In ’65,’ Adam Driver Should Have Known

Would tech-savvy space explorers stranded on ancient Earth really be shocked to find dinosaurs?

an orange background, with faded images with a science-fiction theme such as zombies and astronauts, and the words "science goes to the movies"In 2023, a year of movies defined by important science issues like AI and nuclear warfare, the movie “65” bravely asked the question, “What if dinosaurs were aliens?”

‘Jurassic Park’ Meets ‘Alien’

Let’s say, 65 million years ago, a ship captain from an advanced extraterrestrial society crash-lands on Earth. The “aliens” bent on thwarting his escape would be … dinosaurs! It feels like a play on the premise of “Alien”, except the monstrous creatures these interplanetary explorers find are from our own planet. Adam Driver plays Captain Mills, who is only able to rescue one young passenger, Koa (Ariana Greenblatt), from his ship’s wreckage. Together they brave Cretaceous Earth—while an incoming asteroid looms on the horizon—trying to find a way home.

During the movie, Mills is trying to send a signal out to his home planet, explaining that the ship crash-landed on an unknown world. Helping others locate Earth is essential to his and Koa’s rescue, and in the meantime they have absolutely no information about Earth to help them survive.

New Science Finds A Quirk In The Plot

The movie suggests that to a group of advanced space explorers, an ancient Earth bursting with life would somehow fly under the radar. But astronomers at Cornell’s Carl Sagan Institute (CSI) say that Earth during the age of the dinosaurs might have been easier to identify as a potential life-bearing planet than modern Earth, thanks to its atmosphere.

Dr. Lisa Kaltenegger and Dr. Rebecca Payne of the CSI conducted a study on how Earth’s high oxygen levels during the time of the dinosaurs could be used as a model to spot other potentially life-bearing planets out in space. This is possible because a telescope equipped with a tool called a spectrograph can break light down into its wavelengths, which can then be plotted on a graph called a transmission spectrum. Different atoms and molecules in a planet’s atmosphere allow different wavelengths of light to pass through, meaning that a transmission spectrum can reveal the makeup of the planet’s atmosphere. And scientists believe that when an atmosphere has high levels of both oxygen and methane, the planet could be capable of supporting complex life.

A History of Phanerozoic Oxygen: lines going up and down showing varied oxygen levels over the last 500 million years. All 3 converge at 300 MYA, where O2 is 30%.
A figure showing different model estimates of the oxygen concentration in Earth’s atmosphere over time. Credit: Rebecca Payne

Models of ancient Earth’s atmosphere suggest that oxygen levels peaked at around 30% some 300 million years ago, when large forests took root, and then rose to similar levels in the Cretaceous period, when dinosaurs roamed the Earth. (For reference, our modern atmosphere is 21% oxygen.) And if the extraterrestrials of “65” had the capacity to zip through the cosmos, they presumably also had astronomy tools like spectrographs—and should have been able to see Earth’s high oxygen levels suggesting life was abundant. So why were the dinosaurs such a surprise to Mills and colleagues from his home planet?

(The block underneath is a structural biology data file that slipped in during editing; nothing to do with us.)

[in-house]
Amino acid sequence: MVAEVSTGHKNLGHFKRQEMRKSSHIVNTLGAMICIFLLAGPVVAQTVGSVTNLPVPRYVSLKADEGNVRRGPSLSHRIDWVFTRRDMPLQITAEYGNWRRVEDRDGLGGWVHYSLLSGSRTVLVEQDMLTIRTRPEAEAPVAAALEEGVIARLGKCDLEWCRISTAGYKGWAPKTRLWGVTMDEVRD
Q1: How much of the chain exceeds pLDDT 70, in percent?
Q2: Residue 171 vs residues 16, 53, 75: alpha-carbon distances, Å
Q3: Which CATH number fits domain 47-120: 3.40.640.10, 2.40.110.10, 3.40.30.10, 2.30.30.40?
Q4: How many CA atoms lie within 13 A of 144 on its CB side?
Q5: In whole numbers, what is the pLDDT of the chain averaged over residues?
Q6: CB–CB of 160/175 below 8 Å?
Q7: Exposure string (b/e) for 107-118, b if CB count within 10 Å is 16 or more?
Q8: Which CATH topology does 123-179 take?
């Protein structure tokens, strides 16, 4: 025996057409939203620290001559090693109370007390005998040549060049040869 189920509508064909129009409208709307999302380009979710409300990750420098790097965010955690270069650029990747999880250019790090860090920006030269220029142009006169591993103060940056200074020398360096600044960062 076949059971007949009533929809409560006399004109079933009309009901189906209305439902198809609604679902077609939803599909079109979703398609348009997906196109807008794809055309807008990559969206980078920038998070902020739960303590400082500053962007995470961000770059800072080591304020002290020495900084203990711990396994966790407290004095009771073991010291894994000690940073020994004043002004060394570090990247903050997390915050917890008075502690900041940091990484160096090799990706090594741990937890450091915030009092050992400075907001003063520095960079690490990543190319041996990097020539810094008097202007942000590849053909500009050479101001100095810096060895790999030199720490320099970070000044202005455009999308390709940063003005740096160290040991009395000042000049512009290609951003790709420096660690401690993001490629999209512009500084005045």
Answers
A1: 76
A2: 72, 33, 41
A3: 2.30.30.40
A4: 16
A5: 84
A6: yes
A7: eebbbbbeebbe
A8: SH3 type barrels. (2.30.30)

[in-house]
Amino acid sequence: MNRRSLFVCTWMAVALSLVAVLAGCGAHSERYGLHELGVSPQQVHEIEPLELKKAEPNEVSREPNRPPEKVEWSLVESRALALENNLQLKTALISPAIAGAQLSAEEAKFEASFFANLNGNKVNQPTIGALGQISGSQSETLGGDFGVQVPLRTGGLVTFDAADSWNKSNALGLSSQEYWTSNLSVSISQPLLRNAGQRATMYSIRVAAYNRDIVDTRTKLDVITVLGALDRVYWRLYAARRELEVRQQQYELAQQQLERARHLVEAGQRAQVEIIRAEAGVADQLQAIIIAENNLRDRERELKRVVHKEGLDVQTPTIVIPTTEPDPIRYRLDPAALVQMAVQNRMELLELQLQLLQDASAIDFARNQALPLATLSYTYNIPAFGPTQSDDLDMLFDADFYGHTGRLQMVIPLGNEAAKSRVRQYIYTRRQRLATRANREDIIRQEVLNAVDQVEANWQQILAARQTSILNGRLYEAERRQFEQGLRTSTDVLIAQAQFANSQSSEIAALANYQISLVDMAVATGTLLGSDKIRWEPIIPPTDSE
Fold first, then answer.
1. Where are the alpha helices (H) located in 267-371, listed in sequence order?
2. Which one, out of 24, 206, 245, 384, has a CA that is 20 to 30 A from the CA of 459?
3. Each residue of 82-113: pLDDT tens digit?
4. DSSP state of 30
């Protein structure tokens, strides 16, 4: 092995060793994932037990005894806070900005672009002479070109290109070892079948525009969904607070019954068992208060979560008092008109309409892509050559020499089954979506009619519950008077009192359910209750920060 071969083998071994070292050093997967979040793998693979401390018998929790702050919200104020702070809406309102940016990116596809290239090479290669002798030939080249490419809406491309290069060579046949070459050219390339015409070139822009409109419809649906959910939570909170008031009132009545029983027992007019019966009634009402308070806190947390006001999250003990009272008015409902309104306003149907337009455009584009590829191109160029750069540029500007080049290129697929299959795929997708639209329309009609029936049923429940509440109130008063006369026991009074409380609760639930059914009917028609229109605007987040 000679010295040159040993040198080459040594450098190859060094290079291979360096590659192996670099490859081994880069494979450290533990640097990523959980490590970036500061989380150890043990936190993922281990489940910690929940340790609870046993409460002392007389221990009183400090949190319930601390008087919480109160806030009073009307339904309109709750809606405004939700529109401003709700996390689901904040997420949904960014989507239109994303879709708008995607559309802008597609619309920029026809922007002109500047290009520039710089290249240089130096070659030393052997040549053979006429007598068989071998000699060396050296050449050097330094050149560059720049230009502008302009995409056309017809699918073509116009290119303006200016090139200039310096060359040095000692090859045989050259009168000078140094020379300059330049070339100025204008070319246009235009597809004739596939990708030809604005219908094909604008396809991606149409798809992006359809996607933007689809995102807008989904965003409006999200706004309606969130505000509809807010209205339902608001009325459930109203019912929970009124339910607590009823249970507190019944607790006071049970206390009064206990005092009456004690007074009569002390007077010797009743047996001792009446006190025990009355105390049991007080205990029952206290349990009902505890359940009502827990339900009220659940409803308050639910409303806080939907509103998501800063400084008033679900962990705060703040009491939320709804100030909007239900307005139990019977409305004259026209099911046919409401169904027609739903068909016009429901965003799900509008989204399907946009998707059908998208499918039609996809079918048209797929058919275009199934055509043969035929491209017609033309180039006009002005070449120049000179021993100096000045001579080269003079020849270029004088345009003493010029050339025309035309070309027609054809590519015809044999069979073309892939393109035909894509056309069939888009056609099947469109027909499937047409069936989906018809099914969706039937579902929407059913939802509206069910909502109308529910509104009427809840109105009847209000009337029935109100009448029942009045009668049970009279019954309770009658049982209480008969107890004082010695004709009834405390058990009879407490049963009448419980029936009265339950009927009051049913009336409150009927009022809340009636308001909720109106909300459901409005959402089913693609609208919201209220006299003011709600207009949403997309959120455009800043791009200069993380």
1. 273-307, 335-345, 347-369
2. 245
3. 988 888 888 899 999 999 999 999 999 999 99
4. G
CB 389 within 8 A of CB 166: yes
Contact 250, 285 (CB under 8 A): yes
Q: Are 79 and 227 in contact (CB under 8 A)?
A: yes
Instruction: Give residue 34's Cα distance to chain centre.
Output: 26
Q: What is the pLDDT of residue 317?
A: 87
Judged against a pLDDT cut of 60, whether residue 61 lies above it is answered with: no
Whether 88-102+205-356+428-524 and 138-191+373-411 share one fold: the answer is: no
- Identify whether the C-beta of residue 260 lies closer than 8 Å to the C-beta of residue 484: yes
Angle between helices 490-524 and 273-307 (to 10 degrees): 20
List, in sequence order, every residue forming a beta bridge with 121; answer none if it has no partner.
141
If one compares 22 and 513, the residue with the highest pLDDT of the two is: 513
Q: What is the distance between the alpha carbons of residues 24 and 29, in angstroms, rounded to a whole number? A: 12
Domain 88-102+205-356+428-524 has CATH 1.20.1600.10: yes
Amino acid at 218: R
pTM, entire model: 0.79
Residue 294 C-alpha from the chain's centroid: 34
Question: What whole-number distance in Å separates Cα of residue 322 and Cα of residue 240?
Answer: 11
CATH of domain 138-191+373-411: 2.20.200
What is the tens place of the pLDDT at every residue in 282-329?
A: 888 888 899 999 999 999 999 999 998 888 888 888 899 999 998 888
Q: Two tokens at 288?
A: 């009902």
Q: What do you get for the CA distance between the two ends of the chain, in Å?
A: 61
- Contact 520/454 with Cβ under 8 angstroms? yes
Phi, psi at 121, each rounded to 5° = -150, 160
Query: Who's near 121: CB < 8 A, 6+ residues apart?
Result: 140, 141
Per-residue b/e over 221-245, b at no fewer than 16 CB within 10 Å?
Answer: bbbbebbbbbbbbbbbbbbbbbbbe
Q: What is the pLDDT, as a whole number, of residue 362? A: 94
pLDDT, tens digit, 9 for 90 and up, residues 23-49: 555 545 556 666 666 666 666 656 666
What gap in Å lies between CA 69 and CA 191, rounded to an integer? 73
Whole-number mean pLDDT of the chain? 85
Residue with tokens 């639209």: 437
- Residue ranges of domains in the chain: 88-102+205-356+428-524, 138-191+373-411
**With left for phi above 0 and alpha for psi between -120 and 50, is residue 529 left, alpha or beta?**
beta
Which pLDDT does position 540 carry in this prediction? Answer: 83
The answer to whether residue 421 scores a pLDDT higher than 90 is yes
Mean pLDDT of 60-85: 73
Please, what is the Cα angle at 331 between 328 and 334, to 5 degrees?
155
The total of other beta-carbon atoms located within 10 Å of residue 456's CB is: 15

Kaltenegger herself has watched “65,” and seemed to have the same question. “They would have seen the higher oxygen levels [coming from Earth],” she says. “So they should have figured out that there’s probably big predators.”

Also, there’s no way the asteroid would have arrived as slowly as it did in the film. Payne estimates that seeing the asteroid in the sky would have meant Mills and Koa had minutes to react. And, as Peter Brennan points out in his book The Ends Of The World, some dinosaurs might have been thrown into space from the force of the meteor impact on Earth. Sadly, the movie doesn’t show any dinosaurs floating alongside Captain Mills and Koa when they make their last-second escape from Earth.

Worth The Watch?

Although “65” is a creative dinosaur movie that’s refreshingly not part of the “Jurassic World” franchise, its paleontological inspiration is a bit stale. The characters don’t spend much time talking, and even the dinosaurs feel like they’re waiting for the film to end. However, the action parts of the film definitely deliver and, much like dinosaurs, Adam Driver is always worth gazing at in awe.

You can watch “65” on Netflix.

Correction: An earlier version of this article incorrectly stated that dinosaurs roamed the Earth 300 million years ago. It has been updated.

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About Emma Lee Gometz

Emma Lee Gometz is Science Friday’s Digital Producer of Engagement. She’s a writer and illustrator who loves drawing primates and tending to her coping mechanisms like G-d to the garden of Eden.

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